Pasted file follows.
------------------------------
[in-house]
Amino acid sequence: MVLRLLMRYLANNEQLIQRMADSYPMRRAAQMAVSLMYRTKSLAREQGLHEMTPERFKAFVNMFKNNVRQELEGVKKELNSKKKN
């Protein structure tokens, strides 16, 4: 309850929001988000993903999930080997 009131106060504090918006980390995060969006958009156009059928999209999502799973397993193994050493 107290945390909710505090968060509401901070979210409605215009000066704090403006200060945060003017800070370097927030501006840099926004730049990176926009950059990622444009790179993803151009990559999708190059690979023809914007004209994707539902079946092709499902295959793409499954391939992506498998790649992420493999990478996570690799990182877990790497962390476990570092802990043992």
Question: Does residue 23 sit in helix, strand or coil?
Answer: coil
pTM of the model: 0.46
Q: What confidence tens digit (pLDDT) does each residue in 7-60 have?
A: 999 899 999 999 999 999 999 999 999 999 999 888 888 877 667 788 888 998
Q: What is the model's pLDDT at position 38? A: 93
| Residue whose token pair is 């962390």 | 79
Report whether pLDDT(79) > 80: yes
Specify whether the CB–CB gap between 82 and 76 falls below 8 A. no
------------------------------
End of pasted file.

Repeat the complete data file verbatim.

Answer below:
[in-house]
Amino acid sequence: MVLRLLMRYLANNEQLIQRMADSYPMRRAAQMAVSLMYRTKSLAREQGLHEMTPERFKAFVNMFKNNVRQELEGVKKELNSKKKN
């Protein structure tokens, strides 16, 4: 309850929001988000993903999930080997 009131106060504090918006980390995060969006958009156009059928999209999502799973397993193994050493 107290945390909710505090968060509401901070979210409605215009000066704090403006200060945060003017800070370097927030501006840099926004730049990176926009950059990622444009790179993803151009990559999708190059690979023809914007004209994707539902079946092709499902295959793409499954391939992506498998790649992420493999990478996570690799990182877990790497962390476990570092802990043992």
Question: Does residue 23 sit in helix, strand or coil?
Answer: coil
pTM of the model: 0.46
Q: What confidence tens digit (pLDDT) does each residue in 7-60 have?
A: 999 899 999 999 999 999 999 999 999 999 999 888 888 877 667 788 888 998
Q: What is the model's pLDDT at position 38? A: 93
| Residue whose token pair is 């962390």 | 79
Report whether pLDDT(79) > 80: yes
Specify whether the CB–CB gap between 82 and 76 falls below 8 A. no